The Kindness of Strangers

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Modern life is strange. Not just the nonsense (you know what I’m talking about) – that’s just nonsense and I say pish to it. No, the strangeness I’m talking about has to do with the weird alchemy of social media, every last appalling, magnificent, ghastly and splendid bit of it.

It’s on social media that you can get a glimpse of the worst of people, should you care to do so. I generally don’t (although it is of course almost impossible to avoid it completely), so I try to seek out the good, the uplifting, the kind.

Yesterday we lost the best, the upliftingest, the kindest. His name was Simon N Ricketts, and in the words of his partner Andrea, he was ‘stubborn, funny, brave, kind and loving.’

I’m taking her word for it. I never met Simon ‘in real life’ – the extent to which ‘real life’ is in any way real nowadays is subject to intense scrutiny and debate, hence the inverted commas – but I was fortunate to follow him on Twitter, even more fortunate that he chose to follow me, and will remember our occasional exchanges with great fondness. When he told me, a few months ago – he was back home after what I can only assume was a mind-alteringly gruelling period in hospital – that my book was next in his reading pile, it felt (absurd, childish, egotistical, vain as it is) like the best kind of validation, a proper seal of approval. And now his death, expected though it was, leaves what feels like a disproportionately large hole in my online life.

Ridiculous, really. But at the same time not ridiculous at all.

If you knew him on Twitter, as many people did, there’s no need for me to tell you about his kindness, generosity and patience; nor of his infallible ability to tweet the best cat video, the funniest blooper, the most interesting link, the most touching-without-being-awkwardly-shmaltzy-and-over-sentimental video.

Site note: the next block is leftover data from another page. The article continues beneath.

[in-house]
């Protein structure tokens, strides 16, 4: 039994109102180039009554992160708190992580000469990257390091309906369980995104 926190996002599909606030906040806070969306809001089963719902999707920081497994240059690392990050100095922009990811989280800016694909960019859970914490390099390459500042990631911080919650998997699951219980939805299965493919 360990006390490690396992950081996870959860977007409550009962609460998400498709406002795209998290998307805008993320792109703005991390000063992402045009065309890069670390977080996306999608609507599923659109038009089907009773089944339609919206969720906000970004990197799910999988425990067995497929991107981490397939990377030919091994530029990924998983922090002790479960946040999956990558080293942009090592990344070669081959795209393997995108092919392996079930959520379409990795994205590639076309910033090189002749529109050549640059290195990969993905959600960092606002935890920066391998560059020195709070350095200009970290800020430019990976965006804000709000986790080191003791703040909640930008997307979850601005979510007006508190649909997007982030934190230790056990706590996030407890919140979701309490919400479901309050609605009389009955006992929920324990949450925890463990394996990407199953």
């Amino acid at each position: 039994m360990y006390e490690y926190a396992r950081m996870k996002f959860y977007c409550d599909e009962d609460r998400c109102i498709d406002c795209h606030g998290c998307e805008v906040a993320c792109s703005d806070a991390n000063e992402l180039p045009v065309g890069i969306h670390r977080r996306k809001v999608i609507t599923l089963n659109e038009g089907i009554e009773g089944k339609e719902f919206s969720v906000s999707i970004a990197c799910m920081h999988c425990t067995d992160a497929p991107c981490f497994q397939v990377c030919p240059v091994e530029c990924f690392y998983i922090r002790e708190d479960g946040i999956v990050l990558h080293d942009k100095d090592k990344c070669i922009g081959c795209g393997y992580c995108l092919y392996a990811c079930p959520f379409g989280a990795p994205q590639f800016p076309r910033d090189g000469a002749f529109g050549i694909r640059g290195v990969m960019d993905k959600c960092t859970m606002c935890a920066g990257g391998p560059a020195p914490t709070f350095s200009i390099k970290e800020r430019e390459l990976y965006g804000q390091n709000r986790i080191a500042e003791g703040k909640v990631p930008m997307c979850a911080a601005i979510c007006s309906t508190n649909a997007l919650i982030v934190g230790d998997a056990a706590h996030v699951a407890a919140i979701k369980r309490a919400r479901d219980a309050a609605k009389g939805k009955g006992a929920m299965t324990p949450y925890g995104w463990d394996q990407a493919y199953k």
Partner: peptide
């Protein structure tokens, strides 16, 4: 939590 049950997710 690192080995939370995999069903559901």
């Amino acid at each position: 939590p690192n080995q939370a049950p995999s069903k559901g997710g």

Here’s one.

Simon not only had the unerring ability to provide ‘quality content’, he was also exemplary in his dealings with other people – by the simple expedient of being fundamentally warm, generous and kind.

Kind. That’s the word that’s cropped up most in the tributes I’ve read. Simon was kind. I don’t remember a cross word or an online spat or anything approaching the confrontational or judgemental attitude so all-pervasive on that site. Of all the excellent people I’ve met there, he was the one who ‘got’ it the best, the one whose presence was missed, the one whose return after a silence was greeted with relief and happiness. ‘Simon’s still here – so that’s all good then.’

And he was a terrific writer, charting his illness with honesty and humour – in the most recent post he wrote, entirely without self-pity, about his impending departure. Do read it.

And do also look at this beautiful tribute from Ken Armstrong, who has managed to find the words (as is his way) to express what I’m fumbling towards in these paragraphs.

If it’s ridiculous that I feel bereft by the death of someone I didn’t meet, then it’s equally ridiculous that someone so palpably kind and decent should be taken from us so young. And if I’m feeling bereft, I can only dimly imagine the loss those close to him must be feeling.

Rest in peace, Simon. Thanks for everything.


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